Researchers call these confounding variables and use statistical methods to try to control for them. But there are always other confounders that the researchers do not know about. For example, this paper did not report statin use among participants. Since these drugs are extremely common among elderly people and are believed to affect lifespan, could they not present us with another confounding variable? Are people who report eating more red meat more or less likely to be placed on statins?

The potential number of confounders is limited only by our imaginations. This is why we never, ever use epidemiological studies that uncover correlations to demonstrate causation.

To illustrate the pitfalls of confusing correlation with causation, let us consider this: the study found a 26 percent increase in the risk of "mortality from injuries and sudden deaths" among those who reported eating the most red meat. It is entirely possible that eating red meat could increase the risk of injury, but is it probable? Not very. So the news reports and editorials have largely ignored this finding in favor of the increase in heart disease and cancer risk it found, because it seems intuitively more reasonable to most people that eating meat could cause these diseases.

The strongest correlation, however, was between eating red meat and the risk of "all other deaths," a category that included mortality from tuberculosis, HIV, other infectious and parasitic diseases, septicemia, diabetes, Alzheimer disease, stomach and duodenal ulcers, pneumonia and influencza, chronic obstructive pulmonary disease and related conditions, chronic liver disease and cirrhosis, nephritis, nephrotic syndrome and nephrosis, congenital anomalies, certain conditions originating from the perinatal period, ill-defined conditions, and unknown causes of death.

In order to begin laying down a solid hypothesis that reporting eating red meat (which is falsely assumed to represent actually eating red meat) actually causes death from all of these diseases, the authors need to make an argument that causation is biologically plausible. And that is just to present the hypothesis. In order to begin confirming the hypothesis, studies in cells, animals, and eventually humans are needed to show that modifying red meat intake controls the risk of these diseases.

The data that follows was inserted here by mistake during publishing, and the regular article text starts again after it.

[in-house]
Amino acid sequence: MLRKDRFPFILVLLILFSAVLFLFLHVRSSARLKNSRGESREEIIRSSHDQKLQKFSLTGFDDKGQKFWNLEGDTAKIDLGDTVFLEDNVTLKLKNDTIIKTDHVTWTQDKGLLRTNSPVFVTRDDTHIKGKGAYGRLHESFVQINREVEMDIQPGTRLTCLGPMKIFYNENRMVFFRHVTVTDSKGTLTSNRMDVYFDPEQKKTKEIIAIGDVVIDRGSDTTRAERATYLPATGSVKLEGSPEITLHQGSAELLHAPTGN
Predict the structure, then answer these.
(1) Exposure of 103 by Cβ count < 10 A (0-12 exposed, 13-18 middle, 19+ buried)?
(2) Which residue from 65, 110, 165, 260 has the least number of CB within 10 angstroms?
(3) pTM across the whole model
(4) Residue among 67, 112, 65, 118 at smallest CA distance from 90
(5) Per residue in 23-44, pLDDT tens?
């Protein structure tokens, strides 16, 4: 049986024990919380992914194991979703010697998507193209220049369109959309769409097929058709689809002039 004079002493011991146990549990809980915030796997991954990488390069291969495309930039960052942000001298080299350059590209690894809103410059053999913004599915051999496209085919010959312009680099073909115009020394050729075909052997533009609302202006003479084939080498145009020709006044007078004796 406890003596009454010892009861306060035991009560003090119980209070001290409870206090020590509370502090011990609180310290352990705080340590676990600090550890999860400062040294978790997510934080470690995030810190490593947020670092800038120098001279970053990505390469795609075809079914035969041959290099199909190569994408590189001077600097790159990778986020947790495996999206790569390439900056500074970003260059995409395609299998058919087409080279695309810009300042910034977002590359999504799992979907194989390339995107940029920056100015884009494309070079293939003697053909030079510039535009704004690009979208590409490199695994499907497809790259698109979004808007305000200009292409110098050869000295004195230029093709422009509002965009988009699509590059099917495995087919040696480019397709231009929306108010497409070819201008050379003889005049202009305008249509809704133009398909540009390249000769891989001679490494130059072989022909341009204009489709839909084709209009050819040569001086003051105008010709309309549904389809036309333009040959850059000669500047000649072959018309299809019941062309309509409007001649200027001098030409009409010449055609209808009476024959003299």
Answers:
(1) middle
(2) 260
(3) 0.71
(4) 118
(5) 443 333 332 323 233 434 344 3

The authors have another large obstacle before them: reporting a high intake of white meat was associated with a lower risk from almost all of these deaths! But the chemical constitutents of red meat that the authors of this paper blame for causing disease — carcinogens formed during high-temperature cooking, iron, and saturated fat — are also found in white meat.

Epidemiological studies such as this one are observational in nature. Observation is the first step of the scientific method. One then develops a hypothesis to explain those observations, and then tests the hypothesis through experimentation. Epidemiological studies, therefore, are useful for generating hypotheses, but not for testing them. They could also be used to quantify the importance of a risk factor once it is already established to cause the health-related endpoint with which it is associated through experimentation.

Red meat has not already been shown to cause early death, so this study cannot be used to quantify its importance as such a cause. The hypothesis that red meat causes all sorts of disease already exists, so this study cannot be used to generate a new hypothesis.

If this study had analyzed red meats of different quality separately, it may have shed light on a new hypothesis. It could have analyzed grass-fed versus grain-fed meat. It could have analyzed meat from animals raised on pasture grown in soils of different quality. It could have analyzed how well the meat was cooked. But it did none of these things.

The study therefore provides us with no more useful information than we already had. In fact, by using an unvalidated food frequency questionnaire that most likely had almost no ability to actually estimate true intake of red meat, the study just adds more confusion to the multitude of conflicting claims about the relationship between diet and health. This is where our tax dollars are going to, at least the portion of them that is not going towards bailing out the big banks. Meanwhile, I will continue to eat red meat.

Read more about the author, Chris Masterjohn, PhD, here.

Sunday, March 22, 2009

Do Blockages In Coronary Arteries Really Cause Heart Attacks?

by Chris Masterjohn

Last weekend I was invited to speak at the Freedom Law School's 2009 Health and Freedom Conference, which was an interesting mix of nutrition and politics, the latter portion largely devoted to opposition to the income tax, opposition to the Federal Reserve, and alternative theories about what happened on September 11, 2001. I don't agree with all of the political views expressed, but I found the political talks enjoyable and thought-provoking. They asked me to speak about the health benefits of eating animal fat, which of course I was happy to do.

Knowing very little about the organization, I did not expect an award. But the head of the organization, Peymon Mottahedeh, is an extremely generous and warm-hearted person who obviously loves to give awards since he gave out about twelve of them. He gave one to me. The plaque reads, "Freedom Law School, In Recognition of Your Tenacious Efforts to Find Health Solutions And Expose the Truth About Cholesterol, Recognizes You, Chris Masterjohn, As A Health Freedom Fighter."

While Richard Gage, the founder of Architects and Engineers for 9/11 Truth, gave the talk that provided the most compelling evidence-based alternative to a mainstream dogma, it wasn't the most radical talk when one considers that over a third of Americans believe there was some government complicity or direct involvement in the attacks. (Of course, A&EFor9/11Truth does not promote this idea directly, but rather analyzes the physical evidence demonstrating explosives were used in the WTC building collapses and demands an investigation of this matter, without placing blame on any particular group).